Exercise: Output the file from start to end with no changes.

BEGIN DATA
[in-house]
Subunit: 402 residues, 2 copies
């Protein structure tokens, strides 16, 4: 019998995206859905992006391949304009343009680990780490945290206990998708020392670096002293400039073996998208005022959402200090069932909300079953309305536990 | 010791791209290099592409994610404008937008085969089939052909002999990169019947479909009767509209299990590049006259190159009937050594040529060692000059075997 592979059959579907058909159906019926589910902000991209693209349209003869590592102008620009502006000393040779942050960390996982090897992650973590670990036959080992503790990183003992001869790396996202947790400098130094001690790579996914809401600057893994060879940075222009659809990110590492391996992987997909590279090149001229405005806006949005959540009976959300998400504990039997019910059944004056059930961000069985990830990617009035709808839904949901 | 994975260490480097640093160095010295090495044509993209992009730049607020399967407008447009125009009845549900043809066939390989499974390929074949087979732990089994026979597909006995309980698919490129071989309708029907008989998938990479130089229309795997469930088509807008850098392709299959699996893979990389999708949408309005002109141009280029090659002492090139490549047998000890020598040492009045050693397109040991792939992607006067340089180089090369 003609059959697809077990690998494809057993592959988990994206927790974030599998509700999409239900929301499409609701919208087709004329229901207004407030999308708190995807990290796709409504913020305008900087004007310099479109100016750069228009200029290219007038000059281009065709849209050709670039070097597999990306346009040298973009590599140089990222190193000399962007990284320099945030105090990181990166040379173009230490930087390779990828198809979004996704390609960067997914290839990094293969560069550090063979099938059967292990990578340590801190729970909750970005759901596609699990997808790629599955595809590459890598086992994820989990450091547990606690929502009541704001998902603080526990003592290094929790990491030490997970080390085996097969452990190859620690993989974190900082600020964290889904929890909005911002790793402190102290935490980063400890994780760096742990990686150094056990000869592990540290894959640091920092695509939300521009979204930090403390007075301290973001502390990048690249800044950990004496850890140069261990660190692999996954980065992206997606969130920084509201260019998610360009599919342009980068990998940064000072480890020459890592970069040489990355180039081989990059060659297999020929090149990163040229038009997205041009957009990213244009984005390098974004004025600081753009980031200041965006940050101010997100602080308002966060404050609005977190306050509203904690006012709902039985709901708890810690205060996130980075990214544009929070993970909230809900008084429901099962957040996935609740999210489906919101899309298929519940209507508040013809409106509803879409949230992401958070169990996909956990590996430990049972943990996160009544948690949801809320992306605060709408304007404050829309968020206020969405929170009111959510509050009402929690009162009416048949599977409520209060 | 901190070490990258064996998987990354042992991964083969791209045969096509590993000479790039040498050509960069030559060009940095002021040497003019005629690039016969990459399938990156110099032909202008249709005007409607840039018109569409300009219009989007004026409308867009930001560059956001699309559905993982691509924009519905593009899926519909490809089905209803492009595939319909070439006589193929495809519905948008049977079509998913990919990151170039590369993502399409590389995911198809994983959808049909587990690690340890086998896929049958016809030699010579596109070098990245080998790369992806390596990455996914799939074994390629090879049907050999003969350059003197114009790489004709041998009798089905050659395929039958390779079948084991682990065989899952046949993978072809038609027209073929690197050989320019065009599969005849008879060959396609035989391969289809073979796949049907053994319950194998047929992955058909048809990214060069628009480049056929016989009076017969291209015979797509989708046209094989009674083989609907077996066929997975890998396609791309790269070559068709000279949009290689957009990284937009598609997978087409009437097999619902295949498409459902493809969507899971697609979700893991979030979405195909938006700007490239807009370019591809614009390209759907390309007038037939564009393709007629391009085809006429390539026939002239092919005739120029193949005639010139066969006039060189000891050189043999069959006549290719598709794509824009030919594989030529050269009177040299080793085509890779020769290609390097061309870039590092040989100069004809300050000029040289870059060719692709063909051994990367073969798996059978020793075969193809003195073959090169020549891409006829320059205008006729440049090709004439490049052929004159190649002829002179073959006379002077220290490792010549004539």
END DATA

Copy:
[in-house]
Subunit: 402 residues, 2 copies
């Protein structure tokens, strides 16, 4: 019998995206859905992006391949304009343009680990780490945290206990998708020392670096002293400039073996998208005022959402200090069932909300079953309305536990 | 010791791209290099592409994610404008937008085969089939052909002999990169019947479909009767509209299990590049006259190159009937050594040529060692000059075997 592979059959579907058909159906019926589910902000991209693209349209003869590592102008620009502006000393040779942050960390996982090897992650973590670990036959080992503790990183003992001869790396996202947790400098130094001690790579996914809401600057893994060879940075222009659809990110590492391996992987997909590279090149001229405005806006949005959540009976959300998400504990039997019910059944004056059930961000069985990830990617009035709808839904949901 | 994975260490480097640093160095010295090495044509993209992009730049607020399967407008447009125009009845549900043809066939390989499974390929074949087979732990089994026979597909006995309980698919490129071989309708029907008989998938990479130089229309795997469930088509807008850098392709299959699996893979990389999708949408309005002109141009280029090659002492090139490549047998000890020598040492009045050693397109040991792939992607006067340089180089090369 003609059959697809077990690998494809057993592959988990994206927790974030599998509700999409239900929301499409609701919208087709004329229901207004407030999308708190995807990290796709409504913020305008900087004007310099479109100016750069228009200029290219007038000059281009065709849209050709670039070097597999990306346009040298973009590599140089990222190193000399962007990284320099945030105090990181990166040379173009230490930087390779990828198809979004996704390609960067997914290839990094293969560069550090063979099938059967292990990578340590801190729970909750970005759901596609699990997808790629599955595809590459890598086992994820989990450091547990606690929502009541704001998902603080526990003592290094929790990491030490997970080390085996097969452990190859620690993989974190900082600020964290889904929890909005911002790793402190102290935490980063400890994780760096742990990686150094056990000869592990540290894959640091920092695509939300521009979204930090403390007075301290973001502390990048690249800044950990004496850890140069261990660190692999996954980065992206997606969130920084509201260019998610360009599919342009980068990998940064000072480890020459890592970069040489990355180039081989990059060659297999020929090149990163040229038009997205041009957009990213244009984005390098974004004025600081753009980031200041965006940050101010997100602080308002966060404050609005977190306050509203904690006012709902039985709901708890810690205060996130980075990214544009929070993970909230809900008084429901099962957040996935609740999210489906919101899309298929519940209507508040013809409106509803879409949230992401958070169990996909956990590996430990049972943990996160009544948690949801809320992306605060709408304007404050829309968020206020969405929170009111959510509050009402929690009162009416048949599977409520209060 | 901190070490990258064996998987990354042992991964083969791209045969096509590993000479790039040498050509960069030559060009940095002021040497003019005629690039016969990459399938990156110099032909202008249709005007409607840039018109569409300009219009989007004026409308867009930001560059956001699309559905993982691509924009519905593009899926519909490809089905209803492009595939319909070439006589193929495809519905948008049977079509998913990919990151170039590369993502399409590389995911198809994983959808049909587990690690340890086998896929049958016809030699010579596109070098990245080998790369992806390596990455996914799939074994390629090879049907050999003969350059003197114009790489004709041998009798089905050659395929039958390779079948084991682990065989899952046949993978072809038609027209073929690197050989320019065009599969005849008879060959396609035989391969289809073979796949049907053994319950194998047929992955058909048809990214060069628009480049056929016989009076017969291209015979797509989708046209094989009674083989609907077996066929997975890998396609791309790269070559068709000279949009290689957009990284937009598609997978087409009437097999619902295949498409459902493809969507899971697609979700893991979030979405195909938006700007490239807009370019591809614009390209759907390309007038037939564009393709007629391009085809006429390539026939002239092919005739120029193949005639010139066969006039060189000891050189043999069959006549290719598709794509824009030919594989030529050269009177040299080793085509890779020769290609390097061309870039590092040989100069004809300050000029040289870059060719692709063909051994990367073969798996059978020793075969193809003195073959090169020549891409006829320059205008006729440049090709004439490049052929004159190649002829002179073959006379002077220290490792010549004539």